This project, in principle, is quite simple - it's two chips - a Cypress Semi CY7C65213-32LTXI and a Texas Instruments MAX3243ECRHBR. The former is a USB UART. It's pin compatible with the FTDI FT232R's QFN variant, but instead of a proprietary driver, it implements the modem class, so generic drivers provided by the OS will match it. It supports a TX and RX LED, and will be connected up to a micro-USB connector. The other chip is a 3-out/5-in RS-232 level shifter. It requires 4 capacitors to run a charge pump to generate the bipolar supply required for RS-232 signaling, but other than that (and a bypass cap), it requires nothing else.
There are two control inputs on the MAX chip - FORCEON and !FORCEOFF. The chip has some relatively sophisticated activity detection circuitry to automatically shut the chip down when invalid levels are present on the RS-232 side. While that's a nice idea in principle, we don't necessarily want to enforce connecting all of the signal lines up. So FORCEON will be pulled high. !FORCEOFF is intended to be a shutdown signal. The CY7C has a !POWER output pin which is asserted only once the device has been properly enumerated. In keeping with best practices for USB devices, we'll connect !POWER to !FORCEOFF so that the level converter is powered up only when the UART is. The MAX chip has one receive channel that has an alternate output that is always enabled. But since FORCEON is held high, it's moot, so it will be left disconnected.
That's all there is to the project electrically, but I wanted to make this into something small that could be used semi-permanently to adapt RS-232 peripherals to USB. So the intent is to design a housing that looks like a molded DB9 shell, but instead of a cable coming out of the back, it simply presents the micro-USB socket.
At the moment, the board is 1.3x0.6 inches, which won't quite fit in cable housings as they're presently designed. The hope is to be able to design a custom enclosure that has the same dimensions on the DB9 end, but tapers down to an acceptable shape ending in the USB port. Additionally, a couple of holes that can be used to install light pipes to bring the RX and TX LED indications to the surface of the case would be nice. I have zero 3D modeling skills, so that's going to be the challenging part of this project.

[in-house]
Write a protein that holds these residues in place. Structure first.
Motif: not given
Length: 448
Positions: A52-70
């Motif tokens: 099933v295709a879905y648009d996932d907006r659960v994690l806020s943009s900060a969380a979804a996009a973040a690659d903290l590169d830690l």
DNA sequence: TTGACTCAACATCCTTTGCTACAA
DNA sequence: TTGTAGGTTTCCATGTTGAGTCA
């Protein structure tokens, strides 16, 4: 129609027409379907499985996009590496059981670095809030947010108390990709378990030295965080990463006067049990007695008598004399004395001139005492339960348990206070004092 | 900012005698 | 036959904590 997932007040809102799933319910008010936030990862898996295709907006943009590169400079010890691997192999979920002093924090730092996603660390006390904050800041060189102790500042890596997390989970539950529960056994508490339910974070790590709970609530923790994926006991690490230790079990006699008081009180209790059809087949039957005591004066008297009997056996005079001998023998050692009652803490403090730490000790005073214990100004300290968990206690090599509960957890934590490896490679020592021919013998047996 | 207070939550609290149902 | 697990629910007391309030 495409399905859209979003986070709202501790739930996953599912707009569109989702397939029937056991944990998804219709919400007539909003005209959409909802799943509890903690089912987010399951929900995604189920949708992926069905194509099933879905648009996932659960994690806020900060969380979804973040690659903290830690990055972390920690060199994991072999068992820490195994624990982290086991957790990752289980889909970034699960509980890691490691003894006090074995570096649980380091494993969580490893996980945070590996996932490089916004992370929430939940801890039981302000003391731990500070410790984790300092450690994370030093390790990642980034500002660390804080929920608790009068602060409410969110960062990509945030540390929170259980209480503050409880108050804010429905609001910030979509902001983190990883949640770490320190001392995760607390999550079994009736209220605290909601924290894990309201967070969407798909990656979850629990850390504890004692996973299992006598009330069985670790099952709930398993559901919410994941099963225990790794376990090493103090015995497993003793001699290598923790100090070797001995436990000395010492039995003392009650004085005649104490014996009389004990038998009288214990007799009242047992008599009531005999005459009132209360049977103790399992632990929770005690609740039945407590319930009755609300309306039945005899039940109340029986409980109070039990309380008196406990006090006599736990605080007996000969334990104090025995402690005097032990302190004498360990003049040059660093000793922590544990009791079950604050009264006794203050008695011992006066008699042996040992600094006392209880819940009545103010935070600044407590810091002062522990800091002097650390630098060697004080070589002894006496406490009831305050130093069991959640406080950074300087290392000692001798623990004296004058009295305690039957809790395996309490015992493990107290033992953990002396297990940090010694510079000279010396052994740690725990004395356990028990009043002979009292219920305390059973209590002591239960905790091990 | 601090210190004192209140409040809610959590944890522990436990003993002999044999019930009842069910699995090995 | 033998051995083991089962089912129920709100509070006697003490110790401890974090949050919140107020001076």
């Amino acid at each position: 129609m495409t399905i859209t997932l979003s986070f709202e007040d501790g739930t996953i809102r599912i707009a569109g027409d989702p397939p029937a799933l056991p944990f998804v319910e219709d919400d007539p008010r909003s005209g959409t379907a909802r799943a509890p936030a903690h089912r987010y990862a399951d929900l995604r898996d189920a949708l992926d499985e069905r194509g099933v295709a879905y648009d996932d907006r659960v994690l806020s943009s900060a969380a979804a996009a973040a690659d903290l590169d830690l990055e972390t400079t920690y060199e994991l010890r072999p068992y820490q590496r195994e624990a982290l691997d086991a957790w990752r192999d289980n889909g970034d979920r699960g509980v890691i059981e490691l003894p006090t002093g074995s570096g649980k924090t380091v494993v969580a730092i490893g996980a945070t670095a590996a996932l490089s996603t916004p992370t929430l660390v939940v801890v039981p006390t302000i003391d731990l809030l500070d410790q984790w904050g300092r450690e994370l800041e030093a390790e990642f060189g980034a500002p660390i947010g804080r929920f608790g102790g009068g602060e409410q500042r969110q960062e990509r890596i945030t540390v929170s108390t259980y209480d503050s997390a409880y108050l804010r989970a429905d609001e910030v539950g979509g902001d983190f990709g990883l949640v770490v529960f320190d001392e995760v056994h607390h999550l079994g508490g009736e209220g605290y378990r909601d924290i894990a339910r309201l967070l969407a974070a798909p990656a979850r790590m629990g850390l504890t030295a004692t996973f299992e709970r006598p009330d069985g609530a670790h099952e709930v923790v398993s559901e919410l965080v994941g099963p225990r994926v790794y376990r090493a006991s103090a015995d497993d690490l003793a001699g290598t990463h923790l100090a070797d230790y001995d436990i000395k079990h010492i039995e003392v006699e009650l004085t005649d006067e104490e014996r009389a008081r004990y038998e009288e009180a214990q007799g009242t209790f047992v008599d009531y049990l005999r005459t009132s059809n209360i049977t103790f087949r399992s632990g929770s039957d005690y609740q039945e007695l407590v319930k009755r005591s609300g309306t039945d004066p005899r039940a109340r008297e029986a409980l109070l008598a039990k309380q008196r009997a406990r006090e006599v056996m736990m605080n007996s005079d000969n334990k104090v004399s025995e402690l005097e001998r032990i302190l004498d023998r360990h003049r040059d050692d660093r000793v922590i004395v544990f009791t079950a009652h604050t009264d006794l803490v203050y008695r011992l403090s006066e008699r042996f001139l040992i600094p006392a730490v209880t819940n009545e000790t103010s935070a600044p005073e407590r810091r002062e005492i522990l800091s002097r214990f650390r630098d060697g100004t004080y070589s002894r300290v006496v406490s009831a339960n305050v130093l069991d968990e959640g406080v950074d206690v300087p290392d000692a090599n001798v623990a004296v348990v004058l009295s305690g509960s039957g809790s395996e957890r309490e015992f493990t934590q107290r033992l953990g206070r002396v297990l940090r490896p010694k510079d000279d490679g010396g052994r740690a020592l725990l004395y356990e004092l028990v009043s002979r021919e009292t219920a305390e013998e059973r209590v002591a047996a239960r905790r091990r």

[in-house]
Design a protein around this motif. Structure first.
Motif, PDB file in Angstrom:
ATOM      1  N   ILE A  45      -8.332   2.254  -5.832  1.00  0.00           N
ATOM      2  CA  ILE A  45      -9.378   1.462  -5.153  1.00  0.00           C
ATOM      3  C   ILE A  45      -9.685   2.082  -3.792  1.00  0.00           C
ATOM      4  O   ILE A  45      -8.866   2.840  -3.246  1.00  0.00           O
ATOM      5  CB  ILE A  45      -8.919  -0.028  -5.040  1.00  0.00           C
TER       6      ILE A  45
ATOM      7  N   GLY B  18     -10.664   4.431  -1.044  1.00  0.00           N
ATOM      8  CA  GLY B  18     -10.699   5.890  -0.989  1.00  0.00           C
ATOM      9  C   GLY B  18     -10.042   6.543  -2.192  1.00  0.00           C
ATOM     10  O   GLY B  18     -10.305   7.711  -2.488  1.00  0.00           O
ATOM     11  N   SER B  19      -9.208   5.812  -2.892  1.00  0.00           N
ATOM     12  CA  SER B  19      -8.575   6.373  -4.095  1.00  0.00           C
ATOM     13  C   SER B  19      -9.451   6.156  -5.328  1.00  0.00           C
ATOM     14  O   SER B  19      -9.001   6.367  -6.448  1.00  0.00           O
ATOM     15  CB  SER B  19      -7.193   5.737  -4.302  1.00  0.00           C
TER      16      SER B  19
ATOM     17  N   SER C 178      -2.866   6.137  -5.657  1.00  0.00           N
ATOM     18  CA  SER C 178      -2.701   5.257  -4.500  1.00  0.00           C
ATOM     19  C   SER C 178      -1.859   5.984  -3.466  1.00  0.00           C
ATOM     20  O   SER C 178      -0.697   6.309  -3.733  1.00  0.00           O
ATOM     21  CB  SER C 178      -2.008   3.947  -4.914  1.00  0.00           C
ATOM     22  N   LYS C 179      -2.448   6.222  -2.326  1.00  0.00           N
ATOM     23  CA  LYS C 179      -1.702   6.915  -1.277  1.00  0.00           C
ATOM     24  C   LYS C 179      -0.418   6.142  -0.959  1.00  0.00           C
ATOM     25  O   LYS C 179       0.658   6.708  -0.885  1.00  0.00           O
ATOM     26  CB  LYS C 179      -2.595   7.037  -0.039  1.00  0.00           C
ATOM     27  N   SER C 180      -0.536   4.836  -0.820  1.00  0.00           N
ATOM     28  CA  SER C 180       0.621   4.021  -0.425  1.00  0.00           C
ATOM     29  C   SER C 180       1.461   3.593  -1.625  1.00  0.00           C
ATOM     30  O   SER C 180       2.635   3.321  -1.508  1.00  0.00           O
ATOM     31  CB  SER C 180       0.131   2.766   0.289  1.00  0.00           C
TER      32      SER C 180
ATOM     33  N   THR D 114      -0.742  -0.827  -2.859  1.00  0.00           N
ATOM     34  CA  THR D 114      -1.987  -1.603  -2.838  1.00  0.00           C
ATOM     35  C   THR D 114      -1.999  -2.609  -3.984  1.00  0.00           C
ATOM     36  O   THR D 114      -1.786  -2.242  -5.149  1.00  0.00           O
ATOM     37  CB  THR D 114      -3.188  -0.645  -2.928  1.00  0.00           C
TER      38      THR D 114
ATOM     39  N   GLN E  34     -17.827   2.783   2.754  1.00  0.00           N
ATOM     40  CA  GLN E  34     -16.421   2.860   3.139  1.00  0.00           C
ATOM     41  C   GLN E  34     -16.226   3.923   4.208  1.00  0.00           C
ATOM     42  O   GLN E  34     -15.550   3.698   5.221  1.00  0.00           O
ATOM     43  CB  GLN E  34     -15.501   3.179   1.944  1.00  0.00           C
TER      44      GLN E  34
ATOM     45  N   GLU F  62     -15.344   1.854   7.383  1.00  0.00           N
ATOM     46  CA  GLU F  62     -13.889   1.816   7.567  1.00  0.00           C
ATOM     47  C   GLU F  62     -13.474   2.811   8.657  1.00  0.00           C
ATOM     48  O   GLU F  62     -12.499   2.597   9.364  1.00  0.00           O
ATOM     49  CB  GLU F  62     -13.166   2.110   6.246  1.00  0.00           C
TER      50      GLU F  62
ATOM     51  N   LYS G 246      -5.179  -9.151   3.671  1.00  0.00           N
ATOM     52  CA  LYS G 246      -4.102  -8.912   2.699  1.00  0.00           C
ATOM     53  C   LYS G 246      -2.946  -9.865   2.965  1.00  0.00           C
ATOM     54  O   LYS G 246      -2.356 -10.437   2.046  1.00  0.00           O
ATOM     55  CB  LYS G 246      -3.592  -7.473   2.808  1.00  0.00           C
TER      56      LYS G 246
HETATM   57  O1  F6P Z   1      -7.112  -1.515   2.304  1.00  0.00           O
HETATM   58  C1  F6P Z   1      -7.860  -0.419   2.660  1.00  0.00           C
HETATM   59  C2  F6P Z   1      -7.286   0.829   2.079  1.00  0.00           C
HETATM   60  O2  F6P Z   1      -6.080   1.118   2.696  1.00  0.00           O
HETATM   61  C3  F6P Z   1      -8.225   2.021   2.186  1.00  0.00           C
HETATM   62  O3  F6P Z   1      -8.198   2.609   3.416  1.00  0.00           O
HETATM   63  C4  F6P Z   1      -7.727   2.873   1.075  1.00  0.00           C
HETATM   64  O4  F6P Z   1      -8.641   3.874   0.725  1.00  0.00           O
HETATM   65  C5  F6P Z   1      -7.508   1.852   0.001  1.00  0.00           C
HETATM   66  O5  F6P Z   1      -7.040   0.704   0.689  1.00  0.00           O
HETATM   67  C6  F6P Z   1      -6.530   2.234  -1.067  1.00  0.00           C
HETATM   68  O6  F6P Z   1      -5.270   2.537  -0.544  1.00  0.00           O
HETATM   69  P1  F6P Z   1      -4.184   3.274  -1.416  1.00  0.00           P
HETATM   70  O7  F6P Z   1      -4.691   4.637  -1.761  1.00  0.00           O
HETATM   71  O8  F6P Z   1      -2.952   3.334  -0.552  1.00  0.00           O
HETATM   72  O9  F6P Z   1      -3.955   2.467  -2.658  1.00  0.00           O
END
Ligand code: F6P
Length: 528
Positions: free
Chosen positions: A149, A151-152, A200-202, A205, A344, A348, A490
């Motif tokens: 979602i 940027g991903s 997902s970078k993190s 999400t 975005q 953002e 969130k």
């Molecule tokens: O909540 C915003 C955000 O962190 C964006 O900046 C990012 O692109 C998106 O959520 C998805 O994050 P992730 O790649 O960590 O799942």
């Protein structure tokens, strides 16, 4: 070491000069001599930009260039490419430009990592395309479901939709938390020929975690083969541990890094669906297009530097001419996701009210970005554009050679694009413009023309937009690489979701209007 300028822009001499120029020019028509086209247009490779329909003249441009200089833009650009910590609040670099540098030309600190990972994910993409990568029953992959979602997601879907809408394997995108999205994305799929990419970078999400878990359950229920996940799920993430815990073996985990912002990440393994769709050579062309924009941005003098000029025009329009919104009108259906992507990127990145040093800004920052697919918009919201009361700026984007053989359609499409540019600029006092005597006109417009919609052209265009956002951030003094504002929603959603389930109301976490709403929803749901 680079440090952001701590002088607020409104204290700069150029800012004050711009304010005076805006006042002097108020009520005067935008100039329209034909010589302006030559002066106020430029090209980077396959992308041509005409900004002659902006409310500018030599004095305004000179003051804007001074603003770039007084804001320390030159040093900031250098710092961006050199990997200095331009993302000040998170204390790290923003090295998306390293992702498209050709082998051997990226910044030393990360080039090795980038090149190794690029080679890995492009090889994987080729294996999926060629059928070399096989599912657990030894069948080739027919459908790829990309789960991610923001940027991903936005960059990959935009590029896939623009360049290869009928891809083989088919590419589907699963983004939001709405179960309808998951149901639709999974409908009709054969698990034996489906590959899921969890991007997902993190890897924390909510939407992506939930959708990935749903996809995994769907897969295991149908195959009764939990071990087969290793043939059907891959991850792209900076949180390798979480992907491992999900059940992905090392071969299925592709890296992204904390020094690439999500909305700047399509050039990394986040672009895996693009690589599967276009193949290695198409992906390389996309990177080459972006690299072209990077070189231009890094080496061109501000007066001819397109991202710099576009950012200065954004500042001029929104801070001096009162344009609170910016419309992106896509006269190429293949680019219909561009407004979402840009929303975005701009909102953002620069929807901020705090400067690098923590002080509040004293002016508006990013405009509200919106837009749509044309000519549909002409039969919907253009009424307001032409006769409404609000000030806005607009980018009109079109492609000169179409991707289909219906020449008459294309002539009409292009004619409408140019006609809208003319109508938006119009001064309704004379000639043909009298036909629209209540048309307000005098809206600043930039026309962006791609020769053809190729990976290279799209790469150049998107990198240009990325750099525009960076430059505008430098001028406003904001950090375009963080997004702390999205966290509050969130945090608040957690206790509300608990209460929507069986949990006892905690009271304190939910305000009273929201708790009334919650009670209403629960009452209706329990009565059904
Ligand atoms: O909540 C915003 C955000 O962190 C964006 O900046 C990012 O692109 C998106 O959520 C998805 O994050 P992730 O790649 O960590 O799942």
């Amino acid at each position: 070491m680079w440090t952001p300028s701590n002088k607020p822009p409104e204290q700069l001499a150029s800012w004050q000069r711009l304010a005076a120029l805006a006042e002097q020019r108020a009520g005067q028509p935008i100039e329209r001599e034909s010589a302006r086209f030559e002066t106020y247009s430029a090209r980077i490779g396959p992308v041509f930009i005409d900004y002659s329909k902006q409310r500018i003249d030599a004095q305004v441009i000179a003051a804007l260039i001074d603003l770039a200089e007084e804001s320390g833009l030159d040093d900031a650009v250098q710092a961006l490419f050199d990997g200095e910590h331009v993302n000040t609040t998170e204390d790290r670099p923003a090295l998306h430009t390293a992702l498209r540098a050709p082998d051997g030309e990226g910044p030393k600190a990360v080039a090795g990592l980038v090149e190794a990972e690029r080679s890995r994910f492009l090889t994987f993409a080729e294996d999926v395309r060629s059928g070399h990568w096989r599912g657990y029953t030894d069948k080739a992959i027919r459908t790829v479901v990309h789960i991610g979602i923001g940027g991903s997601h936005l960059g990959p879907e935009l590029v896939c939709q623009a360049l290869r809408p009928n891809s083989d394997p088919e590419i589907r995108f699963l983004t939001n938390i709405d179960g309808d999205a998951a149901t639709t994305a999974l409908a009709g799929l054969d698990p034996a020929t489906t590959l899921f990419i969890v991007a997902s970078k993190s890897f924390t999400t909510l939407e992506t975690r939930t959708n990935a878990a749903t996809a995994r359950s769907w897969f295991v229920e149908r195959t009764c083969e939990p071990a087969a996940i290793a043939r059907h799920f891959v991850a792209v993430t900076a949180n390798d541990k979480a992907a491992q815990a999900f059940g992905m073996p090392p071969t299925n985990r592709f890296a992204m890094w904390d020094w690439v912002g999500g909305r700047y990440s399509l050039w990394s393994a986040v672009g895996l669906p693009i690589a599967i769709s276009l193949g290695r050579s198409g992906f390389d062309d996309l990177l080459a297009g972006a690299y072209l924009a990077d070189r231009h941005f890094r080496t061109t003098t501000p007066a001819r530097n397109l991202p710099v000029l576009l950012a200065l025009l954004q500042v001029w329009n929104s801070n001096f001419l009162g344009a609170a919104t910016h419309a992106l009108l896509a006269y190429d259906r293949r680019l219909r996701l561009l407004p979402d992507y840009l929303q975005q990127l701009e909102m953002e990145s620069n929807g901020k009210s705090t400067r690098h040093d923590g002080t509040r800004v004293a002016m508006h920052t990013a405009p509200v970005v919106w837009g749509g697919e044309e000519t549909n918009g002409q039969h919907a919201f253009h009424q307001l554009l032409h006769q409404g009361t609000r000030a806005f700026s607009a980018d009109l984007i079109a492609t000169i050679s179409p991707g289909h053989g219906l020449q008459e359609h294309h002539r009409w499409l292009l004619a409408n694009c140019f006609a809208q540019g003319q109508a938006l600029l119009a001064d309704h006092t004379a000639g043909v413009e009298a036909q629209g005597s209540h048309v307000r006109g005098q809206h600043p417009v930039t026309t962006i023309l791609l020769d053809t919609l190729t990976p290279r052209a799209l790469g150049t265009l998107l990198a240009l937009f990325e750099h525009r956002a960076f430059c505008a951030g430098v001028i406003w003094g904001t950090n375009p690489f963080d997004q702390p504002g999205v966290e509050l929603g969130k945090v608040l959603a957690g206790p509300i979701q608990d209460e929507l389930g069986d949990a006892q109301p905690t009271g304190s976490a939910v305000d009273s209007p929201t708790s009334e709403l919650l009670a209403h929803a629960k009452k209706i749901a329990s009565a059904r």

There's a second variant of the board that simply leaves off the RS-232 level conversion chip. That variant has a 6 pin SIP header with the standard Arduino "FTDI" pinout. You can solder a male SIP header onto it and plug it right into a breadboard, or a right-angle female SIP header and plug it into some other device with the mating header. Since this variant passes Vcc out to the target device, a couple of protective measures should be taken to protect the host and insure that the device remains within the USB specifications concerning current draw. A USB device isn't permitted to draw significant current until the host completely enumerates it, which gives the host a chance to figure out that the device would draw more current than is available. The !POWER pin noted above can be used to signal that. In our case, we can tie it to a P channel MOSFET to allow us to turn output power on and off. In addition, we can put in a solder jumper to allow us to output either 3.3 volts or 5 volts (to make 3.3v, we need to add a small LDO). We can tie the selected voltage to the CY7C65213's VCCIO pin so that the signaling is the correct voltage as well. Lastly, we will use an AP2331 current limiting switch on the output to protect the host from inrush.